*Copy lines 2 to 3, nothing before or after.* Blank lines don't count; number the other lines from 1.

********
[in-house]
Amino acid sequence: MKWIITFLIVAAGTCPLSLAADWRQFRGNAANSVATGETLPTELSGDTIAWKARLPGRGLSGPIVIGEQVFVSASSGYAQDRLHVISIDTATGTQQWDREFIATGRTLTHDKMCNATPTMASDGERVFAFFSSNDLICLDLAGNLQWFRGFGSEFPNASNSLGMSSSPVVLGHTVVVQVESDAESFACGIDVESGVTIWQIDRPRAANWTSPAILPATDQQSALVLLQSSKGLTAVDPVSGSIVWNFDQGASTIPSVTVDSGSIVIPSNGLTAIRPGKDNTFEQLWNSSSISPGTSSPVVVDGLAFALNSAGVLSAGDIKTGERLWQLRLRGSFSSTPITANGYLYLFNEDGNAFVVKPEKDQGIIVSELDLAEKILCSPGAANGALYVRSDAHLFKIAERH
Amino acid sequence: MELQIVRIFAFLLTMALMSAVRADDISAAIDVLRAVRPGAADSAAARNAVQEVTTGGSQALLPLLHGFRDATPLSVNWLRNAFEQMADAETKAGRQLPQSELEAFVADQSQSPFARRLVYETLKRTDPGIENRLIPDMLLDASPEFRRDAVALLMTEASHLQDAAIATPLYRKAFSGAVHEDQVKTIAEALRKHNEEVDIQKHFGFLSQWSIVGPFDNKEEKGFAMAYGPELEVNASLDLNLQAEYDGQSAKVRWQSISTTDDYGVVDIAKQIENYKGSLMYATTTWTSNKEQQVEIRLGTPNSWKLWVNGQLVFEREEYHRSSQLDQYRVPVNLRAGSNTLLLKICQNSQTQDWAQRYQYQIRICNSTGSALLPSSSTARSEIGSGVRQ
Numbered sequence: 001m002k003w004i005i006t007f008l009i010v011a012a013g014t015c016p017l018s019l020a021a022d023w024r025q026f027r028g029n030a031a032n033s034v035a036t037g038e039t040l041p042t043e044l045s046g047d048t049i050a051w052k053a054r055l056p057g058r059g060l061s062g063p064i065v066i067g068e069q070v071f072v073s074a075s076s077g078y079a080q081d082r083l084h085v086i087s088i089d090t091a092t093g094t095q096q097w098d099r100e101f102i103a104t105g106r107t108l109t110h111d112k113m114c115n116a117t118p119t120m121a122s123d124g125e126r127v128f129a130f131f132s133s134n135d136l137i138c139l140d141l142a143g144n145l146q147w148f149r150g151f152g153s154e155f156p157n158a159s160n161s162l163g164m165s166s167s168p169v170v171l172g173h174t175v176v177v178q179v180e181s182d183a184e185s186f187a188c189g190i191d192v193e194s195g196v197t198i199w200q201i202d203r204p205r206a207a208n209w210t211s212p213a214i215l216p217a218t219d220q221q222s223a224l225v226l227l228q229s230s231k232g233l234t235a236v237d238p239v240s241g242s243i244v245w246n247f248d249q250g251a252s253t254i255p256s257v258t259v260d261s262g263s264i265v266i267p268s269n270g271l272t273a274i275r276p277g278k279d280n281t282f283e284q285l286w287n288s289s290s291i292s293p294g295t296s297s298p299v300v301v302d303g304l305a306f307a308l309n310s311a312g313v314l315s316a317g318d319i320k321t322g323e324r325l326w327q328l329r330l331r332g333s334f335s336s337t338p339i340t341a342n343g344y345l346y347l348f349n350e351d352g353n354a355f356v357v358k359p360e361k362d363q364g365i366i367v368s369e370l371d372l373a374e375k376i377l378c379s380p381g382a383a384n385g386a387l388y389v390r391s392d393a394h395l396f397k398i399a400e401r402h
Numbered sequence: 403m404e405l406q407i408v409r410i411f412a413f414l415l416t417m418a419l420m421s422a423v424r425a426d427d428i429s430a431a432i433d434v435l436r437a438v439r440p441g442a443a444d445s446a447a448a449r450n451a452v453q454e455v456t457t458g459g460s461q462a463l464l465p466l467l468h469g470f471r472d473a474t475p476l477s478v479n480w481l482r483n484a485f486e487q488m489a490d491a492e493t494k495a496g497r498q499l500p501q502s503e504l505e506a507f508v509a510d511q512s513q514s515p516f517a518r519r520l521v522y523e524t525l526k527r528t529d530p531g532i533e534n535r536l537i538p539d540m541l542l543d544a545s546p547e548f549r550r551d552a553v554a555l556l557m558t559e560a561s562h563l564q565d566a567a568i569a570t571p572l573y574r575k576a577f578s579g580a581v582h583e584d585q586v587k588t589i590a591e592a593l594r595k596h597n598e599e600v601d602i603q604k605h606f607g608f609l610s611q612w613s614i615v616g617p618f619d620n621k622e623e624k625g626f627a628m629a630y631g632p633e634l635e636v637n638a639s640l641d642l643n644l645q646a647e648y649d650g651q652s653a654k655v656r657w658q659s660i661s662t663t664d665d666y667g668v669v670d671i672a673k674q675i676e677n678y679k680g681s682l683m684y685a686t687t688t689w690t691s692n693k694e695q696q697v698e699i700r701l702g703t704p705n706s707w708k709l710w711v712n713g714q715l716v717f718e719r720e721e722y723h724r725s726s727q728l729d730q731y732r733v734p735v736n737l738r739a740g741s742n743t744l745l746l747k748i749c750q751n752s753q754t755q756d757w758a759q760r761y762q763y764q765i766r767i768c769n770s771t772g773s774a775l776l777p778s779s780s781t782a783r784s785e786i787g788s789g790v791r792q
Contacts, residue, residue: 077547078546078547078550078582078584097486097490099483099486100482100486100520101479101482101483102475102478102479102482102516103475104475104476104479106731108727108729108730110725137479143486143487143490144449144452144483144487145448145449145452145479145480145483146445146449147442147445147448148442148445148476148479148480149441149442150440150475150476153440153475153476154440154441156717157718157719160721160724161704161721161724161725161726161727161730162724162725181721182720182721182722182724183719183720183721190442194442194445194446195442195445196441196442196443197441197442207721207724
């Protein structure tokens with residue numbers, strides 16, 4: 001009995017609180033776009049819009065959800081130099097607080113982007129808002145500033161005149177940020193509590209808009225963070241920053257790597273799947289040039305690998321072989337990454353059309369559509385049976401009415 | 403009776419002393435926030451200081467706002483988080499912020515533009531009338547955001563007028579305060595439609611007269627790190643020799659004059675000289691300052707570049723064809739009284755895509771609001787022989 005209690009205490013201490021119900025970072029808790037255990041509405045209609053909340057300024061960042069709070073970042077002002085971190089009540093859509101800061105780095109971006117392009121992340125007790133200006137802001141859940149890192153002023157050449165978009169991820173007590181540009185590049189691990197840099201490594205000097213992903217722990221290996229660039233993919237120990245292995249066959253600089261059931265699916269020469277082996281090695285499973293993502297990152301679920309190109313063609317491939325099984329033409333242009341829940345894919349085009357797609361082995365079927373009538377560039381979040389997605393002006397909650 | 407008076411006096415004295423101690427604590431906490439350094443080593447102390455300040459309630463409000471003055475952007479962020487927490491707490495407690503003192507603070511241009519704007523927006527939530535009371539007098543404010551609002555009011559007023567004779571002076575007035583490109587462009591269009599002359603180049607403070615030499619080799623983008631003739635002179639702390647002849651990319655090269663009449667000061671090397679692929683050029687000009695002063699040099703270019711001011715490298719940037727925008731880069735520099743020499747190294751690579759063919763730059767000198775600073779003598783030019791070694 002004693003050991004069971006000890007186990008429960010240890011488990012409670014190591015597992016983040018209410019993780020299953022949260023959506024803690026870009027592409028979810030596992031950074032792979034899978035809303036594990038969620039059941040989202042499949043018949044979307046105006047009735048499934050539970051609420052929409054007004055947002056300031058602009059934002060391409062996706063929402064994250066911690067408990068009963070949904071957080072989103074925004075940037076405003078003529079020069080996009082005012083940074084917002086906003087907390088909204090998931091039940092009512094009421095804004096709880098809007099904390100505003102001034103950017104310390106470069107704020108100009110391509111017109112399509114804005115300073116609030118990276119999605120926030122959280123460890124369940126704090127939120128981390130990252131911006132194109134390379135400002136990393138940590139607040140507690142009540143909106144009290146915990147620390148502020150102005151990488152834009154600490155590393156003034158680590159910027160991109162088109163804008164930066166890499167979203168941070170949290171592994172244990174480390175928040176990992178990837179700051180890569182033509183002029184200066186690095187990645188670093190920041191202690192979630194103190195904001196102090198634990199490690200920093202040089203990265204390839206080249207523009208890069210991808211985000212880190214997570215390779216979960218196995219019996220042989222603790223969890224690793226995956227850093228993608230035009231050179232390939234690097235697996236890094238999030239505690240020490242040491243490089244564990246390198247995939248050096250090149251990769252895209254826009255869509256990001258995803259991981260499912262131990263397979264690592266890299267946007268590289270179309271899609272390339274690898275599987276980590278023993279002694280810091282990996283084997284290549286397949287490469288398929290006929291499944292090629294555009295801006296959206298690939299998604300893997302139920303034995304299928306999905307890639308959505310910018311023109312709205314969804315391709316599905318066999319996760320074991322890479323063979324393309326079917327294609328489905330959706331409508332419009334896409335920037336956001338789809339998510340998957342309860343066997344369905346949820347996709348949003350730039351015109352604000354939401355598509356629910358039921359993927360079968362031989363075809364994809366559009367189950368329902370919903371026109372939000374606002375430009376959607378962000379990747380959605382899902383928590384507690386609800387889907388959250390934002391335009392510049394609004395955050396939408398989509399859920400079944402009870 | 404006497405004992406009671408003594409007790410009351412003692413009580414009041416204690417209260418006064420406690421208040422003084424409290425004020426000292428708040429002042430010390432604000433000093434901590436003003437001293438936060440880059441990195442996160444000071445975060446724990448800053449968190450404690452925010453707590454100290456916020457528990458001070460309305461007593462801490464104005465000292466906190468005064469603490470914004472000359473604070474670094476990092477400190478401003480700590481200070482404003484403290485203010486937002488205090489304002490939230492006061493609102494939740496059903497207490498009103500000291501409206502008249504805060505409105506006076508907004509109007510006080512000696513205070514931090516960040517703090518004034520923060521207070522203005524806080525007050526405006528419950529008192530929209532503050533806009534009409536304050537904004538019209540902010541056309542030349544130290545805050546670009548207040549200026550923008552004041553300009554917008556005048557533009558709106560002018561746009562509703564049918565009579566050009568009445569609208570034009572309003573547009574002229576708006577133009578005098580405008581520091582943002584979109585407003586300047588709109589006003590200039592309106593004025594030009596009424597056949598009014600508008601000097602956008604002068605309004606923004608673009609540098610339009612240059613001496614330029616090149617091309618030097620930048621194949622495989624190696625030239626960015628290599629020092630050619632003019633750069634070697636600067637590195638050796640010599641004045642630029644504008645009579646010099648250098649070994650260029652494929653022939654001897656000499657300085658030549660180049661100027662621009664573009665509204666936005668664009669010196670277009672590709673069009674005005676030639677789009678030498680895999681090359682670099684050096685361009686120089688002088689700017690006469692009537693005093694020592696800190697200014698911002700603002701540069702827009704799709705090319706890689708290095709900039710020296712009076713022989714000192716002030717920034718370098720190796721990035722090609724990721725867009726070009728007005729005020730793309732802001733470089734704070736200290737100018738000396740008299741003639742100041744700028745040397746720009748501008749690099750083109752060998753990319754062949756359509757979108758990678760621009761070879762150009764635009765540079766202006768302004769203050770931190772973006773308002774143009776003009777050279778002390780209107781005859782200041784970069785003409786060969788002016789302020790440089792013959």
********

Amino acid sequence: MKWIITFLIVAAGTCPLSLAADWRQFRGNAANSVATGETLPTELSGDTIAWKARLPGRGLSGPIVIGEQVFVSASSGYAQDRLHVISIDTATGTQQWDREFIATGRTLTHDKMCNATPTMASDGERVFAFFSSNDLICLDLAGNLQWFRGFGSEFPNASNSLGMSSSPVVLGHTVVVQVESDAESFACGIDVESGVTIWQIDRPRAANWTSPAILPATDQQSALVLLQSSKGLTAVDPVSGSIVWNFDQGASTIPSVTVDSGSIVIPSNGLTAIRPGKDNTFEQLWNSSSISPGTSSPVVVDGLAFALNSAGVLSAGDIKTGERLWQLRLRGSFSSTPITANGYLYLFNEDGNAFVVKPEKDQGIIVSELDLAEKILCSPGAANGALYVRSDAHLFKIAERH
Amino acid sequence: MELQIVRIFAFLLTMALMSAVRADDISAAIDVLRAVRPGAADSAAARNAVQEVTTGGSQALLPLLHGFRDATPLSVNWLRNAFEQMADAETKAGRQLPQSELEAFVADQSQSPFARRLVYETLKRTDPGIENRLIPDMLLDASPEFRRDAVALLMTEASHLQDAAIATPLYRKAFSGAVHEDQVKTIAEALRKHNEEVDIQKHFGFLSQWSIVGPFDNKEEKGFAMAYGPELEVNASLDLNLQAEYDGQSAKVRWQSISTTDDYGVVDIAKQIENYKGSLMYATTTWTSNKEQQVEIRLGTPNSWKLWVNGQLVFEREEYHRSSQLDQYRVPVNLRAGSNTLLLKICQNSQTQDWAQRYQYQIRICNSTGSALLPSSSTARSEIGSGVRQ